“That kid made off with my cookies.” He scanned the perimeter of the yard, unable to locate the cookie thief.

“That team works fast. I imagine your cookies have been gobbled up by now.” He could actually hear the amused smile in her voice.

That team? There was more than one? Dean was starting to get a headache.

“How’d you all get into my yard anyway?” Rubbing his temples, he tried to work out how he’d thought there was one kid darting through his shrubs only to find there were more. How many more? This was confusing.

“There is a break in the hedge. I have a finely tuned radar when it comes to this bunch. I had a feeling they were up to no good.”

Frowning, Dean snatched up the empty plate. He turned, finally prepared to square off with this latest intruder. His words stuck to his tongue. His gaze was drawn to a pair of startlingly blue eyes. A light breeze picked up a strand of her long red hair, tossing it around playfully. Red hair and freckles. Suddenly, he was back in grade school remembering his first crush. Oh, he was a goner. 

She smiled, shrugging her shoulders in apology. The twinkle in her eyes called the sincerity of the apology into question, yet somehow Dean didn’t mind.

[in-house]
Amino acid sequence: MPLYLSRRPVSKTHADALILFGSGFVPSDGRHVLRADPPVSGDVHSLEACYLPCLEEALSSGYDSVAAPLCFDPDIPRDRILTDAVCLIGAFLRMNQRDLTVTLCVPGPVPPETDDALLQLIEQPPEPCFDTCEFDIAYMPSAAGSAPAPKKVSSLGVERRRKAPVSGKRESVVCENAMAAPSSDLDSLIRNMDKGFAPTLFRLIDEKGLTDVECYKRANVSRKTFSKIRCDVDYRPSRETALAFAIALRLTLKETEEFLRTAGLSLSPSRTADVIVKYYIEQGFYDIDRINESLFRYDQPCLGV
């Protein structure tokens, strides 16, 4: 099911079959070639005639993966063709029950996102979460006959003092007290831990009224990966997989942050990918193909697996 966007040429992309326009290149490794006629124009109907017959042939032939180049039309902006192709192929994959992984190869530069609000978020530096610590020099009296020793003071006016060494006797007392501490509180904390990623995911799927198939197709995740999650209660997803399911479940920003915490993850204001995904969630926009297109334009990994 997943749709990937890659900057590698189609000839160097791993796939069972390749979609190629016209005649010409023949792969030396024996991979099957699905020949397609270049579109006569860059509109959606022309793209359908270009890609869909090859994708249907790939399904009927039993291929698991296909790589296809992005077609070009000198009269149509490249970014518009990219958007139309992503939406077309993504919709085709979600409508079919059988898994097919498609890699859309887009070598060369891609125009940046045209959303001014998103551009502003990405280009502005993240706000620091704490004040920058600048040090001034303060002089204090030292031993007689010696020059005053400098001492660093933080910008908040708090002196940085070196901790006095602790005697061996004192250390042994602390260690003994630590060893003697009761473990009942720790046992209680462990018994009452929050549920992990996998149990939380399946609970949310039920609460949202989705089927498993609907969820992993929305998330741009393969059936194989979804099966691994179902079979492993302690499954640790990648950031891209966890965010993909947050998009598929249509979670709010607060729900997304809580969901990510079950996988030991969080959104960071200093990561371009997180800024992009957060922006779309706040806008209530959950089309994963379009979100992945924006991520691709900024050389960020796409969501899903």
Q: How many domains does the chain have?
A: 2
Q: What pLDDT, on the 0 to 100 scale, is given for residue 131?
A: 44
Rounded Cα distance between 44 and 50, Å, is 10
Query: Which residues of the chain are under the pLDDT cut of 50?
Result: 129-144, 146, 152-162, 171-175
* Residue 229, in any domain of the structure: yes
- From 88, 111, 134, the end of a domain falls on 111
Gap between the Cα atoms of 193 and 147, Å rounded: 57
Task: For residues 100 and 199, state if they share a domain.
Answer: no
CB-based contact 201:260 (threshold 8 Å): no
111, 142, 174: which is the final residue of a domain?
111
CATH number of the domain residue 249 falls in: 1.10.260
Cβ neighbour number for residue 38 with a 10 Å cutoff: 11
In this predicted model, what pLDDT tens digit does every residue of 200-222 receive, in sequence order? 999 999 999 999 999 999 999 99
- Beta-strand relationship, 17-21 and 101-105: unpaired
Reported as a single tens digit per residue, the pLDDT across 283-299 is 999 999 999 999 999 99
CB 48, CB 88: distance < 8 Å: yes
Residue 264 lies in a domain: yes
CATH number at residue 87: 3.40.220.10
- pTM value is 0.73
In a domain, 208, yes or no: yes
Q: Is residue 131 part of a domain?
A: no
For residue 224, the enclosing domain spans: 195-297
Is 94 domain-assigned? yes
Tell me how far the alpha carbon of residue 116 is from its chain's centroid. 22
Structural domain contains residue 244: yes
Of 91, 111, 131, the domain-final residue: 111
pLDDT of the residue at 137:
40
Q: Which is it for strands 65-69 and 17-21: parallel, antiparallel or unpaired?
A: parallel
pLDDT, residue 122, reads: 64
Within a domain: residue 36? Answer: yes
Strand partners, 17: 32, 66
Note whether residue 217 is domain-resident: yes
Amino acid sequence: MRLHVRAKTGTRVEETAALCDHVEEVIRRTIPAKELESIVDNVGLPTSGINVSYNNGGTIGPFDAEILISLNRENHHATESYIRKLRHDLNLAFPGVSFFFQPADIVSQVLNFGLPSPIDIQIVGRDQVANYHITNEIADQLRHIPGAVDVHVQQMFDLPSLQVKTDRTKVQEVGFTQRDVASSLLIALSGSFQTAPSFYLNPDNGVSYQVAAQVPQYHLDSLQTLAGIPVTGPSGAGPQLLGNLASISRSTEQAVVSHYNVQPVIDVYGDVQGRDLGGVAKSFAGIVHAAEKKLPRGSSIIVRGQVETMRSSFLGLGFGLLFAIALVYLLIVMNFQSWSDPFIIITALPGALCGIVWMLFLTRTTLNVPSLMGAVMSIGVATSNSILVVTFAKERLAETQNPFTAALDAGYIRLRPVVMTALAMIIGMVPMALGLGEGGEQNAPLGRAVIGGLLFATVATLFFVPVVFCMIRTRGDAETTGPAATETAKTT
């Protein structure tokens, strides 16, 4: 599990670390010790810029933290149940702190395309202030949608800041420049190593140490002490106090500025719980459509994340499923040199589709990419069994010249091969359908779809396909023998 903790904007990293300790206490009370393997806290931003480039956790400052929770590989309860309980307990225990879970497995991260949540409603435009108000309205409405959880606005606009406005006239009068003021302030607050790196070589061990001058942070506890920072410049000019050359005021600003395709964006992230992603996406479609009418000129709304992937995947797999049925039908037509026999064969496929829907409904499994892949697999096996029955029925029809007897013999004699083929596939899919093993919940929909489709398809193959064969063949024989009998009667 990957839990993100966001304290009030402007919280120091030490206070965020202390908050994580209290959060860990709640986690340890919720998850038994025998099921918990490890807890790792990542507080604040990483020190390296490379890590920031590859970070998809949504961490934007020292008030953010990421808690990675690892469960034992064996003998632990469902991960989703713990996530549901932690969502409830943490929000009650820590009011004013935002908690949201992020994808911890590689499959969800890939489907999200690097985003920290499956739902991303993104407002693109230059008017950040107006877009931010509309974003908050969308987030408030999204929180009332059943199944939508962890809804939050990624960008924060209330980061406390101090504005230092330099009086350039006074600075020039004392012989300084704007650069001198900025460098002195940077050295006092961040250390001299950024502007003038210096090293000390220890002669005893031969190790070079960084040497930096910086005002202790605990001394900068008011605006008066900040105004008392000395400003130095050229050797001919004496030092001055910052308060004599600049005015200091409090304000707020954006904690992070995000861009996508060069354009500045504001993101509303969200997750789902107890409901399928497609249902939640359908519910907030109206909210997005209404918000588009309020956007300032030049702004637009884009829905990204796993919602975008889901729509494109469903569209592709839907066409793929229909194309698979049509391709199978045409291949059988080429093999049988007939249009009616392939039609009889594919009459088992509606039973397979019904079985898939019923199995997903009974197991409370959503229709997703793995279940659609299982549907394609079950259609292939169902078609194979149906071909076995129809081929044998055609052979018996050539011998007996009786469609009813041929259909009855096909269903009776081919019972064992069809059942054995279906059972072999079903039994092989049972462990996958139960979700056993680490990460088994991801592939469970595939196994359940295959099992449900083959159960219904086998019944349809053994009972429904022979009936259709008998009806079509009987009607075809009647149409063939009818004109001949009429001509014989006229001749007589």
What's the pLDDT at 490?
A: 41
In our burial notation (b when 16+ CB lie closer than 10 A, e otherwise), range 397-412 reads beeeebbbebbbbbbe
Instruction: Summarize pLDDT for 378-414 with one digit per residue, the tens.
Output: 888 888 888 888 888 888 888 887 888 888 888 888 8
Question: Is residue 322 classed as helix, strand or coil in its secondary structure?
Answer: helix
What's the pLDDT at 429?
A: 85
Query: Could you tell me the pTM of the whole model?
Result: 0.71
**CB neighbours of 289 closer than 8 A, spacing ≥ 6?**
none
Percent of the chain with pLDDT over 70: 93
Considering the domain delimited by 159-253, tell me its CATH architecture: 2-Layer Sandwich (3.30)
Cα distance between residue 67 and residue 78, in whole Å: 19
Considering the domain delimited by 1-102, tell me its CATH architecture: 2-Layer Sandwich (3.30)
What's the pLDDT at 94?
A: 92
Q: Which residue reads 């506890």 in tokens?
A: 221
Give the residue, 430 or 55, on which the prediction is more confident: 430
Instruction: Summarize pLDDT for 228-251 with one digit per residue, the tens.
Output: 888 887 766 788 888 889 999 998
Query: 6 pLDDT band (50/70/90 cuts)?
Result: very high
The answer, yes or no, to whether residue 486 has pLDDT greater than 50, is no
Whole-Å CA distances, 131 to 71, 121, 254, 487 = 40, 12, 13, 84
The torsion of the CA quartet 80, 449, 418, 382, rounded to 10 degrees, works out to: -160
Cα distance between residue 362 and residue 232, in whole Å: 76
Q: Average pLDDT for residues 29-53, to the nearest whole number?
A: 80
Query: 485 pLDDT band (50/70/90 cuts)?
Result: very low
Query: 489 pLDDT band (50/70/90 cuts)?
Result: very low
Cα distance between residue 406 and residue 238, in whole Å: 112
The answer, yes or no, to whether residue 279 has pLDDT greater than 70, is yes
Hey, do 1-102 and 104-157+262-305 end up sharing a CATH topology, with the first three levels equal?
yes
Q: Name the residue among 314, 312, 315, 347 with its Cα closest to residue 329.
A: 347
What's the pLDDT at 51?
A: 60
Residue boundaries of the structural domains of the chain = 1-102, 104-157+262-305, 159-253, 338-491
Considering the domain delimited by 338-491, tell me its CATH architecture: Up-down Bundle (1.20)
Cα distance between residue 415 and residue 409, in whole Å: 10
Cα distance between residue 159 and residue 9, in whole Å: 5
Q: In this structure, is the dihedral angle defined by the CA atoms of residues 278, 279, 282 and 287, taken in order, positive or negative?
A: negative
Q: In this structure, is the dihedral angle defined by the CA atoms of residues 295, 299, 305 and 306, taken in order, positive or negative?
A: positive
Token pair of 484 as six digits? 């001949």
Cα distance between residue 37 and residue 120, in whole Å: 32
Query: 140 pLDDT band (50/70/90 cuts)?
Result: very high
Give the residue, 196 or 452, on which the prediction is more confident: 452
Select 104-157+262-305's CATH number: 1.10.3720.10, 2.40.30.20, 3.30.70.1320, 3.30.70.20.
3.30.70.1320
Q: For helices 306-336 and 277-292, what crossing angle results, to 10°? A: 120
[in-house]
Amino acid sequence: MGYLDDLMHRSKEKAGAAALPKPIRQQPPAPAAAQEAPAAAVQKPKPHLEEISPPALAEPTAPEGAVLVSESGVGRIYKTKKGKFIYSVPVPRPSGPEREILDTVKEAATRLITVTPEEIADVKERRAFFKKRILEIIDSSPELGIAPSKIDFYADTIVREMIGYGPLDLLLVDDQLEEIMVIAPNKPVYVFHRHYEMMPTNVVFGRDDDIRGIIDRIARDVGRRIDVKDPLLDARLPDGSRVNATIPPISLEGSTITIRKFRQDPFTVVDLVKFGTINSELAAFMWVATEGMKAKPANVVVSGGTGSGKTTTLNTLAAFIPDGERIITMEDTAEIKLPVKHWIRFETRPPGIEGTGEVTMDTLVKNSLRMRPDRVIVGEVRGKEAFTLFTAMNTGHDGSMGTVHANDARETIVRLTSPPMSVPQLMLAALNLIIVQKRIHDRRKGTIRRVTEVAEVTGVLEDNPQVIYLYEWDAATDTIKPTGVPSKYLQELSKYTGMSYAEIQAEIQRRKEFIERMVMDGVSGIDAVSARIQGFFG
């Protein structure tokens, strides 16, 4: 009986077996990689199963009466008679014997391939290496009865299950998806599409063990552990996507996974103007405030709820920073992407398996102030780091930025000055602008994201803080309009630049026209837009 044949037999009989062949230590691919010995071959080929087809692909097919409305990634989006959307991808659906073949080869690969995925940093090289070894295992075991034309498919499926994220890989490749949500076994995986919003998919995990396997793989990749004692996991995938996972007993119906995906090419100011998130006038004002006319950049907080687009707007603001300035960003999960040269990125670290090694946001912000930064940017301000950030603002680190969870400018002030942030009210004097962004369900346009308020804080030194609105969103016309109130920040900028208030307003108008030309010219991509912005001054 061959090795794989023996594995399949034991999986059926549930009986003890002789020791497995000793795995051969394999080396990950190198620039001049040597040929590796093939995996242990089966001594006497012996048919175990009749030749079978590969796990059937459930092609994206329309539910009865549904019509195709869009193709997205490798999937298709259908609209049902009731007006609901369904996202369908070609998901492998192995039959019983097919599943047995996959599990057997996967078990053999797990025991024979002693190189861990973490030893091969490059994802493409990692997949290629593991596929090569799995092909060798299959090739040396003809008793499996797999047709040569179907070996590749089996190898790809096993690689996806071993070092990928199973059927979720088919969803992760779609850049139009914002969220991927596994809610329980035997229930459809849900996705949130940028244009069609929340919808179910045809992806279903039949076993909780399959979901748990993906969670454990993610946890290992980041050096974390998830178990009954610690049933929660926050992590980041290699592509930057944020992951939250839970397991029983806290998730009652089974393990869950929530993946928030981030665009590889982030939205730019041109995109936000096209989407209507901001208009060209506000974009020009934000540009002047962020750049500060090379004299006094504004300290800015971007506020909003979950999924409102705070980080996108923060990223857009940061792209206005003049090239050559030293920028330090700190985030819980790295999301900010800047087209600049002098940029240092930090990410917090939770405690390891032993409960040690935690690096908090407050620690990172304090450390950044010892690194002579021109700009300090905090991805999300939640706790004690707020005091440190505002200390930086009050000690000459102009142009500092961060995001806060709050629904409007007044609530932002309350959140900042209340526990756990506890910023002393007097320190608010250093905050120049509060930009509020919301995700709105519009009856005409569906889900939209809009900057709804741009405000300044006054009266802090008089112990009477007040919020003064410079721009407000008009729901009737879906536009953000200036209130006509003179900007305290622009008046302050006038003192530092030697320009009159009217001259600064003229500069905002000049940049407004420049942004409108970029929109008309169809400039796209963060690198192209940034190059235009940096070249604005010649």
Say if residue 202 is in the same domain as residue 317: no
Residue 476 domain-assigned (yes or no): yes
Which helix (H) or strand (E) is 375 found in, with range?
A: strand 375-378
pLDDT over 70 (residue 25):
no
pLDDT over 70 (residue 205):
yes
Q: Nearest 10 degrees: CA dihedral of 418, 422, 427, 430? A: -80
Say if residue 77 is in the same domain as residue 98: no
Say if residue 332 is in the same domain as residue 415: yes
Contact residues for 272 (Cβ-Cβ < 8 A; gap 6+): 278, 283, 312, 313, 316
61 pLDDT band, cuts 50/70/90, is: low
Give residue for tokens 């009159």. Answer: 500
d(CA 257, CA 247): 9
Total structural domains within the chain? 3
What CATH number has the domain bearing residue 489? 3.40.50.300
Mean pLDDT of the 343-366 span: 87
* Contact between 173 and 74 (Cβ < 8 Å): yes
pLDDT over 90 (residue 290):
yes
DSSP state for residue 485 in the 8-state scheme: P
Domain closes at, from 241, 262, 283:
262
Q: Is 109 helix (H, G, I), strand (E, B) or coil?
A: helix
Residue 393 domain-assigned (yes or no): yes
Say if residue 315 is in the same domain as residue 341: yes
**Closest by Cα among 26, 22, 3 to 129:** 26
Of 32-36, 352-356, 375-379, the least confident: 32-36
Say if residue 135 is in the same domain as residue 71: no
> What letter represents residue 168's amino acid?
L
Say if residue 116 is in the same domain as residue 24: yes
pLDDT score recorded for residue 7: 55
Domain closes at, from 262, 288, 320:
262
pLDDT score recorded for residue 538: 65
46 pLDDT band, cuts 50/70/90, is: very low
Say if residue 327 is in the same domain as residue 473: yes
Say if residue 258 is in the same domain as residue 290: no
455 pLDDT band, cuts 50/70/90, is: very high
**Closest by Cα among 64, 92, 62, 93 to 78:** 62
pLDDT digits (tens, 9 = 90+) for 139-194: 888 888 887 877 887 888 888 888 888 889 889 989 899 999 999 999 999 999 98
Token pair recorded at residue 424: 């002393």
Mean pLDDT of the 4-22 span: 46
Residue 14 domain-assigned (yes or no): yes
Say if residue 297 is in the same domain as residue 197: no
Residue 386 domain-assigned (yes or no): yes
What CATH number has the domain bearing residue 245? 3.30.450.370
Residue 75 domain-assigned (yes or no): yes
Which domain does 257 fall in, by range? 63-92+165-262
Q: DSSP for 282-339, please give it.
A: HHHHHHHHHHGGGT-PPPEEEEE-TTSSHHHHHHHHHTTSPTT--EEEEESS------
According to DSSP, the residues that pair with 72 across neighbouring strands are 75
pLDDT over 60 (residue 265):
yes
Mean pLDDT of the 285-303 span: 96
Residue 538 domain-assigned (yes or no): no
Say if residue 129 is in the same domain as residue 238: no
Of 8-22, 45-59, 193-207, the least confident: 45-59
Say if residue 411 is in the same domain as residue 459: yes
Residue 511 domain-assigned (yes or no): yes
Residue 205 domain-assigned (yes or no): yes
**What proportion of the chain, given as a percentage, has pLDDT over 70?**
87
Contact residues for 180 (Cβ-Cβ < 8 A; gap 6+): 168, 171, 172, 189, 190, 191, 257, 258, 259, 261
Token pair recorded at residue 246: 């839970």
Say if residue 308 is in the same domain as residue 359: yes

“My name is Shannon. I live next door with those … cookie thieves.”

“I, um, I’m Dean.” His brain was working overtime, trying to catch up. “Just how many kids are running around here?”

“Brady, Brenna, and Brian, you march those little butts out here right this second!”  Dean watched in horror as not one, but three little children peered out from behind the tall hedge and proceeded to line up in front of Shannon for inspection. He didn’t know much about kids, but he’d guess them to be about four or five years old. Their heads were bowed but Dean could tell they weren’t the least bit repentant. There were cookie crumbs on their cheeks and they looked to be trying very hard not to giggle.  Grudgingly, he had to admit they were cute—for thieving little cookie heathens. The little girl, Brenna, looked him right in the eye and winked. Dean focused on his sneakers, trying not to let the munchkin charm him.